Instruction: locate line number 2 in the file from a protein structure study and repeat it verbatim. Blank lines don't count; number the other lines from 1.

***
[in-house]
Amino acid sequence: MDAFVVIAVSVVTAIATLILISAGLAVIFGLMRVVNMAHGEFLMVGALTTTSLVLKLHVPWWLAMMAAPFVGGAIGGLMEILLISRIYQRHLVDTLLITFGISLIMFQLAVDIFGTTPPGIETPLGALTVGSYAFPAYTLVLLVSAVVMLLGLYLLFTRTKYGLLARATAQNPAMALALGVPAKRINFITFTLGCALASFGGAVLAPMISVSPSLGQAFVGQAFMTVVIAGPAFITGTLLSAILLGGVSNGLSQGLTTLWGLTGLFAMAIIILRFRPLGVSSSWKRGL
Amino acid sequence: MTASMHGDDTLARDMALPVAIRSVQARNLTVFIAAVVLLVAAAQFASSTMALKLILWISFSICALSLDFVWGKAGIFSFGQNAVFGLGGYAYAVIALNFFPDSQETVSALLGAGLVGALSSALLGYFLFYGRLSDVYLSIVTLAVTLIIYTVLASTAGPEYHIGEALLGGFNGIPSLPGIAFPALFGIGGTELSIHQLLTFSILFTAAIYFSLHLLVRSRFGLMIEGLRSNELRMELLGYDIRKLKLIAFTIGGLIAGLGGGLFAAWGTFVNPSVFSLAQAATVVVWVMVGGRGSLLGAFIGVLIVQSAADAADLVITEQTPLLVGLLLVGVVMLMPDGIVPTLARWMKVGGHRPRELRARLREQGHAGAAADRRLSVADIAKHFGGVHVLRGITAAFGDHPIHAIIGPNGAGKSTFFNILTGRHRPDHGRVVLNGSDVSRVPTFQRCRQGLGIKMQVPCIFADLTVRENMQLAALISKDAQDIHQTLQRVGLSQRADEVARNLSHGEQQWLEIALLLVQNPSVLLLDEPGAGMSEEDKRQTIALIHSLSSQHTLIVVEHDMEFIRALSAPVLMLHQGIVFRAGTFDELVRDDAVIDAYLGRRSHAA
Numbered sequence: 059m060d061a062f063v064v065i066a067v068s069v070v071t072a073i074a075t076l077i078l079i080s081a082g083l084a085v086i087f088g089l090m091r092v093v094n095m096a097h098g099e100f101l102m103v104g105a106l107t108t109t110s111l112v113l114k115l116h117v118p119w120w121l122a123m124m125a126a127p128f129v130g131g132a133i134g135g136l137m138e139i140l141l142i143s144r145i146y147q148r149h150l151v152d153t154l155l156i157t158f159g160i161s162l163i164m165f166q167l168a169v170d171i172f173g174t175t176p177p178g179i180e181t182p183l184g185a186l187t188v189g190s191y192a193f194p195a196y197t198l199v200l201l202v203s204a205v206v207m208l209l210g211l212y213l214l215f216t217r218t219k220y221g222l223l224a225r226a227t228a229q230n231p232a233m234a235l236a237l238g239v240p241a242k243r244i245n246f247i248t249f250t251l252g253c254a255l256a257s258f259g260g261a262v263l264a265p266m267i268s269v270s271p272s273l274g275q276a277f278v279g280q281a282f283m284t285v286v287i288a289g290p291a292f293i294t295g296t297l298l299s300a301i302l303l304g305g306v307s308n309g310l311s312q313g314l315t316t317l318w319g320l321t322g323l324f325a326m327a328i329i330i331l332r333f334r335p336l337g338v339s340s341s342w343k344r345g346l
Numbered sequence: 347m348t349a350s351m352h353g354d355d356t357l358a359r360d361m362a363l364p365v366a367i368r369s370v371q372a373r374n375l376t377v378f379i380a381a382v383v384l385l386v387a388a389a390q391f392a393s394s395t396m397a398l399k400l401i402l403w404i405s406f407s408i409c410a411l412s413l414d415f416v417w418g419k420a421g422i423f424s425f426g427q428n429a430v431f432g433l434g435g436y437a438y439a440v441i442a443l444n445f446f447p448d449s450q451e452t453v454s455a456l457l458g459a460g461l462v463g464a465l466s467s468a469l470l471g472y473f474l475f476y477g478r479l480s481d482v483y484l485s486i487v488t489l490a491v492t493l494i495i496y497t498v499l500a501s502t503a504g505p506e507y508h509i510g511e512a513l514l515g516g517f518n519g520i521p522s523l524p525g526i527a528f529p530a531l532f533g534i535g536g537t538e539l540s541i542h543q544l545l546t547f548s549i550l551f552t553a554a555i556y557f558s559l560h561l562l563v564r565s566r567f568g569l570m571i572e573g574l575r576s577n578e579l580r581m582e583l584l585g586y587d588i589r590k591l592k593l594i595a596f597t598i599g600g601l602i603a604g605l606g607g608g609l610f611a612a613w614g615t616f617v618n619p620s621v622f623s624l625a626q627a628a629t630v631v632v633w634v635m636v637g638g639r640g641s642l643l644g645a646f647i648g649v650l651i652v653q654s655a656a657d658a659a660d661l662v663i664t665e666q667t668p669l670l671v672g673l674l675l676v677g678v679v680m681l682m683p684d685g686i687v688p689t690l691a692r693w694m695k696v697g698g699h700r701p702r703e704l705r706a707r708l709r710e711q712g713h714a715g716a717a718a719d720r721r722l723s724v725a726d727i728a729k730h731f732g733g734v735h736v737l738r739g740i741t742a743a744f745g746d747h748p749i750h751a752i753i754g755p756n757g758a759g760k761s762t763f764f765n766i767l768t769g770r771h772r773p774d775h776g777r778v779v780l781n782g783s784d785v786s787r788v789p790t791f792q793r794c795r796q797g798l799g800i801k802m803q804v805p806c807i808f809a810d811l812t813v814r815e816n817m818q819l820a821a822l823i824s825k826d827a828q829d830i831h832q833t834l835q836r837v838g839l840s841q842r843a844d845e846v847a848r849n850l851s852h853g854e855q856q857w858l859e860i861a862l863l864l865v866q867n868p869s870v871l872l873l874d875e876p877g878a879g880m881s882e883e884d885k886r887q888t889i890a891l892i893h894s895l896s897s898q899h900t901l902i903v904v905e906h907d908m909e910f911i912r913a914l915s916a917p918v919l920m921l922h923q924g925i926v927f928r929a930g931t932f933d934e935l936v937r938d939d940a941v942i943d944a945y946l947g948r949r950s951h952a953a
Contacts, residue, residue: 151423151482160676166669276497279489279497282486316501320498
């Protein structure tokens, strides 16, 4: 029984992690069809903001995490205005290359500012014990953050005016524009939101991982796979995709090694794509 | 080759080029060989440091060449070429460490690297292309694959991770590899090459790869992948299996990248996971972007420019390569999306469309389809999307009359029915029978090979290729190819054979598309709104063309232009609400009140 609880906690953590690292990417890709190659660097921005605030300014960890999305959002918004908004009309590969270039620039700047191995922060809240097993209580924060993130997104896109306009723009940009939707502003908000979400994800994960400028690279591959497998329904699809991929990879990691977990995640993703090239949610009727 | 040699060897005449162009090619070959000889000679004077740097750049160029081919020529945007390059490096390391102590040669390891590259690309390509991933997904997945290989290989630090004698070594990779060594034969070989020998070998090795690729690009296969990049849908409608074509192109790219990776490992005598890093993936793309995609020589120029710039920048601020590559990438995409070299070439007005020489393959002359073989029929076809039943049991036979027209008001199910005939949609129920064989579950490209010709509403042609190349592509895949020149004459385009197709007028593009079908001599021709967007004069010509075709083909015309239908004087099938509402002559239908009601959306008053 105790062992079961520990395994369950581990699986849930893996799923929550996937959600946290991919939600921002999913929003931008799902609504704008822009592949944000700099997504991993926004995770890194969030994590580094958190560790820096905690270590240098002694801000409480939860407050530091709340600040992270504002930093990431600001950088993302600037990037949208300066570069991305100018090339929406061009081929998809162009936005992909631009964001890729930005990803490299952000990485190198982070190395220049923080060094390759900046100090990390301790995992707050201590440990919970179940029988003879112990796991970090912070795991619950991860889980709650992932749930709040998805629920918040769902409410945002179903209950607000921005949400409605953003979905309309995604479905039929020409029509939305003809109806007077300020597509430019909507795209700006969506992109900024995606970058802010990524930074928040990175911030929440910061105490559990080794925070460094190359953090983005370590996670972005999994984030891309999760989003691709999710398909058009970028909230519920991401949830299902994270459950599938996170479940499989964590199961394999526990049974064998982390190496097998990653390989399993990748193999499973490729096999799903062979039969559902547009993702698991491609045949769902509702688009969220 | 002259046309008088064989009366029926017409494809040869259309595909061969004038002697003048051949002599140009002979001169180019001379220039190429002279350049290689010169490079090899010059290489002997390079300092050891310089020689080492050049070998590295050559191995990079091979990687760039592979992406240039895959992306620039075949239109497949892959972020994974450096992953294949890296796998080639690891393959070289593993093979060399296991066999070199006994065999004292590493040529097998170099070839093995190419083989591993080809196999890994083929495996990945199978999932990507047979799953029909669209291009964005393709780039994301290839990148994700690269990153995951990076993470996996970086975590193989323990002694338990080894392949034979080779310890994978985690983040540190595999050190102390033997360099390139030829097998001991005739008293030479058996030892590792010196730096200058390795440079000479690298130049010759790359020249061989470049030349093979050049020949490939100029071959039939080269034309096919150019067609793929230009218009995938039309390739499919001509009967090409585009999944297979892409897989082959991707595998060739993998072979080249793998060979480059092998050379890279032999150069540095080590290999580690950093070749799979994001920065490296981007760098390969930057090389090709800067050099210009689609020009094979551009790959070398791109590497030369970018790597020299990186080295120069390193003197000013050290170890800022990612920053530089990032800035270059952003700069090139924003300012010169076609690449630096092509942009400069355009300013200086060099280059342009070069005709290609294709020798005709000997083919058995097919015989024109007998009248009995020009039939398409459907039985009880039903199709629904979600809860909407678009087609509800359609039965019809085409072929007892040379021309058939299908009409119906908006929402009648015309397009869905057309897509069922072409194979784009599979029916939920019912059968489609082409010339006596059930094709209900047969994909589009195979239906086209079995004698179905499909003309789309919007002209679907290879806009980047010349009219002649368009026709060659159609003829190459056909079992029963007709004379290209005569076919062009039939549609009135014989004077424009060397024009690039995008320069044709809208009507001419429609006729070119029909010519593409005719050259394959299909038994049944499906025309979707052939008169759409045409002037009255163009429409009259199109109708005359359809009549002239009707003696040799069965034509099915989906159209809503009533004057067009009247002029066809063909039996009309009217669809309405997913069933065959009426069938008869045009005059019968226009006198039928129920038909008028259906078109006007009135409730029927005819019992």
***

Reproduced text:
Amino acid sequence: MDAFVVIAVSVVTAIATLILISAGLAVIFGLMRVVNMAHGEFLMVGALTTTSLVLKLHVPWWLAMMAAPFVGGAIGGLMEILLISRIYQRHLVDTLLITFGISLIMFQLAVDIFGTTPPGIETPLGALTVGSYAFPAYTLVLLVSAVVMLLGLYLLFTRTKYGLLARATAQNPAMALALGVPAKRINFITFTLGCALASFGGAVLAPMISVSPSLGQAFVGQAFMTVVIAGPAFITGTLLSAILLGGVSNGLSQGLTTLWGLTGLFAMAIIILRFRPLGVSSSWKRGL